That Brand X vs Brand Y comparison changed up my strategy. I wanted to pound out more info content, but I felt like I had some product knowledge momentum and decided to keep with it for Articles 5 (a review) and 6 (Brand X vs Brand Z comparison this time).

Total Time Invested: 73 hours in Month 1

One thing I didn't do with my first case study was log my time invested in the site. That's something I want to do this time around.
My goal will be to work 20-30 hours per week on this project, but my consulting gigs take priority.
Thankfully, we're in the middle of a stay-at-home quarantine! (Sarcasm.) The silver lining? Plenty of time to work.

Traffic Stats

Month Organic Referral Social Direct Total
Month 1 (Mar) 7 0 0 0 7
Total 7 0 0 0 7

Earnings Stats

I haven't joined a single affiliate program and don't plan to until I have sufficient traffic. While I will join Amazon Associates, I think much/most of my revenue will come from other programs.
Month Clicks Ord Items Ship Items Conv Revenue Earnings Rev/Ship Clicks/Sess
Month 1 (Mar) 0 0 0 0 0 $0.00 $0.00 n/a
Total 0 0 0 n/a $0.00 $0.00 $0.00 n/a

Money Stuff

Earnings Breakdown
Month Amzn Aff Non-Amzn Aff Ads Total Rev Rev / 1K Sess %Amzn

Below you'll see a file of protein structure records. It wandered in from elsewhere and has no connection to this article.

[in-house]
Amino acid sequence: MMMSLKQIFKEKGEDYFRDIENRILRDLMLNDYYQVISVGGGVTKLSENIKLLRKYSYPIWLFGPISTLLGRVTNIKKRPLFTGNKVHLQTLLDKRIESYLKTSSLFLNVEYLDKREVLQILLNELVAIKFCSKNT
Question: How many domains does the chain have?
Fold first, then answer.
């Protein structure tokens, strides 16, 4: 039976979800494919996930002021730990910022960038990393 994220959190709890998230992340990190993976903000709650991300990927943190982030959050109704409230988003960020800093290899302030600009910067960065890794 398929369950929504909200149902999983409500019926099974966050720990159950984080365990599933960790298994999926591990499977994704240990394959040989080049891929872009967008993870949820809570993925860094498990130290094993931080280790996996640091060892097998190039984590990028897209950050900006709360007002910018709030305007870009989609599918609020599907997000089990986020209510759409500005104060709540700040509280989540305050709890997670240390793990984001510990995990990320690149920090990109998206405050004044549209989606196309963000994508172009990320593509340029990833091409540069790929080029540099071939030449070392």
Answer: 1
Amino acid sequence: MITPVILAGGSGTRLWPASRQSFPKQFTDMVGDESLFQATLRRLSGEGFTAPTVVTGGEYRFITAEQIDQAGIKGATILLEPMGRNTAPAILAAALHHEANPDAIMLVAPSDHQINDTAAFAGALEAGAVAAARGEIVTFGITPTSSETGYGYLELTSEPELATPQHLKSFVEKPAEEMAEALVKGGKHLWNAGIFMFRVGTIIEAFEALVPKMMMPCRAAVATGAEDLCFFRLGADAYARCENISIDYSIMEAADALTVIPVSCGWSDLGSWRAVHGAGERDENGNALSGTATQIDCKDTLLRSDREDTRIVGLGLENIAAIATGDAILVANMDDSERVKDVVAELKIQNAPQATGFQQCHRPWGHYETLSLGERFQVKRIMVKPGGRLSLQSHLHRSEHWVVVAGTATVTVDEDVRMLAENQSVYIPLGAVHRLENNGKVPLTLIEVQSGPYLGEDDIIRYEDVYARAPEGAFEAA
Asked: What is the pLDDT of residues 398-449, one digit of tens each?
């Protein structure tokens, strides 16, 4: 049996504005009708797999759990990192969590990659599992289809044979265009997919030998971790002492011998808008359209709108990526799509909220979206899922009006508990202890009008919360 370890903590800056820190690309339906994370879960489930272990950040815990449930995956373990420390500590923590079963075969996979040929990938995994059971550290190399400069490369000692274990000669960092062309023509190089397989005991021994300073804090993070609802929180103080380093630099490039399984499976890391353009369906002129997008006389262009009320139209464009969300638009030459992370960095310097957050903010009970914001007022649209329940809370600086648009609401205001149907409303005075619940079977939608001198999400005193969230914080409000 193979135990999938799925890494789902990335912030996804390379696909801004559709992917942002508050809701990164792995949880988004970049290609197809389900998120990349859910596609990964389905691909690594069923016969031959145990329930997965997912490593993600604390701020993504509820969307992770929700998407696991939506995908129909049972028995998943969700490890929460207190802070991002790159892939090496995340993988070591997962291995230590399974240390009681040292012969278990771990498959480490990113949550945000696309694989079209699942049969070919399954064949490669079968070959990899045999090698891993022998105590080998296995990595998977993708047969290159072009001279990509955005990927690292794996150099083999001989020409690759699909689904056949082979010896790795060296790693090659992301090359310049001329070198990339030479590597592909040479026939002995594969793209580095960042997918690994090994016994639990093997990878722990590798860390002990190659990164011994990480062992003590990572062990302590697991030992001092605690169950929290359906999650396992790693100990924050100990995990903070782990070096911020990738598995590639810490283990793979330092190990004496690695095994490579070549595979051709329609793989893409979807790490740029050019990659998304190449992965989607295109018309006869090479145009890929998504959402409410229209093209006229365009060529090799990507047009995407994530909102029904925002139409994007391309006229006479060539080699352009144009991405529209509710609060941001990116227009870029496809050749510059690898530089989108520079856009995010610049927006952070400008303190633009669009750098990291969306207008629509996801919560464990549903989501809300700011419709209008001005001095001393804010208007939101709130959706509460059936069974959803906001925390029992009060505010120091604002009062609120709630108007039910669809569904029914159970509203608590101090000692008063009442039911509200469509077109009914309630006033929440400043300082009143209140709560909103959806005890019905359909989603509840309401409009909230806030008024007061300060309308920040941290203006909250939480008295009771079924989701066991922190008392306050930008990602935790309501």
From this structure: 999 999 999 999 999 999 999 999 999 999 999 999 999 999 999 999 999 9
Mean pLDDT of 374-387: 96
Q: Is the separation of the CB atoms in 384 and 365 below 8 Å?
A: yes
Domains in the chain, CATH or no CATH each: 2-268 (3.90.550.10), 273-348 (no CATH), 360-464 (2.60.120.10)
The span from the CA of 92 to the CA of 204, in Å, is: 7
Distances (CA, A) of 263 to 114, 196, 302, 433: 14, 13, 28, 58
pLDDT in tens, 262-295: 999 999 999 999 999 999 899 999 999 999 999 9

Month 1 (Mar) $0.00 $0.00 $0.00 $0.00 $0.00 n/a
Total $0.00 $0.00 $0.00 $0.00 $0.00 n/a
Expenses
Many of the costs below are shared across multiple projects, so the per-project cost is lower than shown here. However, I have included the full costs to simulate this being my only project.
  • Ahrefs: $82.00 per month (annual billing rate)
  • Majestic: $49.00 per month
  • Domain Reg + WHOIS Protection: $24.90
  • A2 Hosting: $27.99 per month
  • Genesis Theme (StudioPress): $54.95
  • Month 1 Total: $238.84
  • Case Study Total: $238.84
Net Income
Period Income Expenses Net Income
Month 1 (Mar) $0.00 ($238.84) ($238.84)
Total $0.00 ($238.84) ($238.84)
Thanks as always for reading. Comment below with any questions/clarifications.
It's good to be back!
submitted by bprs07 to juststart [link] [comments]

SEO is Not Hard . A step-by-step SEO Tutorial for beginners that will get you ranked every single time

Note: This is a chapter out of my Growth Hacking Book called Secret Sauce: The Ultimate Growth Hacking Guide. This is only one of the 17 chapters that read just like this.
Also, the links I posted here are broken, but you can view the whole thing beautifully formatted on Medium here
After my post about making money from an affiliate site was at the top of this sub for a couple days, I've received more than 50 PMs asking for more info on how SEO works and how to get authority sites ranking. I have a chapter about that in my book, so I'm just going to publish it for free.